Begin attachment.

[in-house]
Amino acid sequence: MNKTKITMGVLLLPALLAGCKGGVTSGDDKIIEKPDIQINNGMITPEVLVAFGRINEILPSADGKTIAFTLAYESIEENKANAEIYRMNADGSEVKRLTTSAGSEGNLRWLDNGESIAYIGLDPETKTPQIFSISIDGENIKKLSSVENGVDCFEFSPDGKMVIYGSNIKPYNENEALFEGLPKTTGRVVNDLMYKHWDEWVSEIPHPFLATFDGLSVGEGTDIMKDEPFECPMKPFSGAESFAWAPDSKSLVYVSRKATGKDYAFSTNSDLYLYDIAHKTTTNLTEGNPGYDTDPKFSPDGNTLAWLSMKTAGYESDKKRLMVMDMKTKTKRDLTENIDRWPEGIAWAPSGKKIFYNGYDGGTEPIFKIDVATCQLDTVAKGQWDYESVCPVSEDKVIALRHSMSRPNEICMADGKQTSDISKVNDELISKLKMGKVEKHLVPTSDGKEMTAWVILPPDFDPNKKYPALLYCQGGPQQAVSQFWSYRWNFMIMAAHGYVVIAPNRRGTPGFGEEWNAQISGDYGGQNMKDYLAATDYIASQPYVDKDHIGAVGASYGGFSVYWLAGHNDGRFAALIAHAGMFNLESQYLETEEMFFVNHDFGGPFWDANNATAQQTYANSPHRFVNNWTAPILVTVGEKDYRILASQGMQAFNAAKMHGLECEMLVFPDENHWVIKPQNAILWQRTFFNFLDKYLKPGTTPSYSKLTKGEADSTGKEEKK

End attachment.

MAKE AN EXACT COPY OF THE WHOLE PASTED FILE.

[in-house]
Amino acid sequence: MNKTKITMGVLLLPALLAGCKGGVTSGDDKIIEKPDIQINNGMITPEVLVAFGRINEILPSADGKTIAFTLAYESIEENKANAEIYRMNADGSEVKRLTTSAGSEGNLRWLDNGESIAYIGLDPETKTPQIFSISIDGENIKKLSSVENGVDCFEFSPDGKMVIYGSNIKPYNENEALFEGLPKTTGRVVNDLMYKHWDEWVSEIPHPFLATFDGLSVGEGTDIMKDEPFECPMKPFSGAESFAWAPDSKSLVYVSRKATGKDYAFSTNSDLYLYDIAHKTTTNLTEGNPGYDTDPKFSPDGNTLAWLSMKTAGYESDKKRLMVMDMKTKTKRDLTENIDRWPEGIAWAPSGKKIFYNGYDGGTEPIFKIDVATCQLDTVAKGQWDYESVCPVSEDKVIALRHSMSRPNEICMADGKQTSDISKVNDELISKLKMGKVEKHLVPTSDGKEMTAWVILPPDFDPNKKYPALLYCQGGPQQAVSQFWSYRWNFMIMAAHGYVVIAPNRRGTPGFGEEWNAQISGDYGGQNMKDYLAATDYIASQPYVDKDHIGAVGASYGGFSVYWLAGHNDGRFAALIAHAGMFNLESQYLETEEMFFVNHDFGGPFWDANNATAQQTYANSPHRFVNNWTAPILVTVGEKDYRILASQGMQAFNAAKMHGLECEMLVFPDENHWVIKPQNAILWQRTFFNFLDKYLKPGTTPSYSKLTKGEADSTGKEEKK